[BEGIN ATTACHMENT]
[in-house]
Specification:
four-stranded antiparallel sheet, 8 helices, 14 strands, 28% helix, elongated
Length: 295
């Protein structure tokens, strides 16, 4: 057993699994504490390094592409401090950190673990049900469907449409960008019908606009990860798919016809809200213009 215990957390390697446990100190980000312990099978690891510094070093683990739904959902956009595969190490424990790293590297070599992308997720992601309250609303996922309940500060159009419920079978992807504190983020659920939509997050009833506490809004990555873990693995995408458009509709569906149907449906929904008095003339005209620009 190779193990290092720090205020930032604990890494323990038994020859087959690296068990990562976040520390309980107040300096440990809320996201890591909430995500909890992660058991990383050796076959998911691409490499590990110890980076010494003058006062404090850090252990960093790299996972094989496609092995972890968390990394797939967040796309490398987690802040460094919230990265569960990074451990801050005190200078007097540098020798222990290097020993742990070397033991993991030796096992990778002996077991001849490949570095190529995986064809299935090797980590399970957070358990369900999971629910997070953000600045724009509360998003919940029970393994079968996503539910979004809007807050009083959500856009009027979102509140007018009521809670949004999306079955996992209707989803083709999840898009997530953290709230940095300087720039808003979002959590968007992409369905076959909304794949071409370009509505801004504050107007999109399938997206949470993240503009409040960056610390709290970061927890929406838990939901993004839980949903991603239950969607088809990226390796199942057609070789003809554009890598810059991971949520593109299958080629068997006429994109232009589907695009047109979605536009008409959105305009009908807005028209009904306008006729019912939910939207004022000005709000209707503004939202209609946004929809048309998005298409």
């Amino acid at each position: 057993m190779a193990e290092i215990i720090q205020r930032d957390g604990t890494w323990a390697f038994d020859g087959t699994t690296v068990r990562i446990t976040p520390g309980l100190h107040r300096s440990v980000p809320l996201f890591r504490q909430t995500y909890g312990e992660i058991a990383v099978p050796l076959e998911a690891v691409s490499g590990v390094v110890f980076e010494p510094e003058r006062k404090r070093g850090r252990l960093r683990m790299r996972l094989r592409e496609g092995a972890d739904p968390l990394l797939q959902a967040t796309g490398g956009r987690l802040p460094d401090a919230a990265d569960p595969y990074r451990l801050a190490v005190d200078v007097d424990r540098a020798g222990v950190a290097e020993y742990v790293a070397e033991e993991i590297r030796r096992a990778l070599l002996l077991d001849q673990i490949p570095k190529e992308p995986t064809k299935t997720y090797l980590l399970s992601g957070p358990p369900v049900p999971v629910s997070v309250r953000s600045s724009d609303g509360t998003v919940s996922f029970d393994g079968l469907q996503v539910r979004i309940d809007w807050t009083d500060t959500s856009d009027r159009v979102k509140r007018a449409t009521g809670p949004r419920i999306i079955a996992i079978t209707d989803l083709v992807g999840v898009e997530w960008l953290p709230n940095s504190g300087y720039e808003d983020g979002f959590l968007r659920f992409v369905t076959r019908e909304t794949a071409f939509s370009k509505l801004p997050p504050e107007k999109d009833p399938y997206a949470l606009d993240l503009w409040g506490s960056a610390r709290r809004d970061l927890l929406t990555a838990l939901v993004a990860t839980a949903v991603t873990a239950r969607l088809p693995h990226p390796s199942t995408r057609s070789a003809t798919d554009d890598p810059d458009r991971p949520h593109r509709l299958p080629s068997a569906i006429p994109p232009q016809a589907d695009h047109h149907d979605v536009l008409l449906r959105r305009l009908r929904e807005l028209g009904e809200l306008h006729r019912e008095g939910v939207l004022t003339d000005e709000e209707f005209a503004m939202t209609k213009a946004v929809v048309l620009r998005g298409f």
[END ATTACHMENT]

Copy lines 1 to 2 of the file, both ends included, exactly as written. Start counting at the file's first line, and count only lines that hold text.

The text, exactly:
[in-house]
Specification: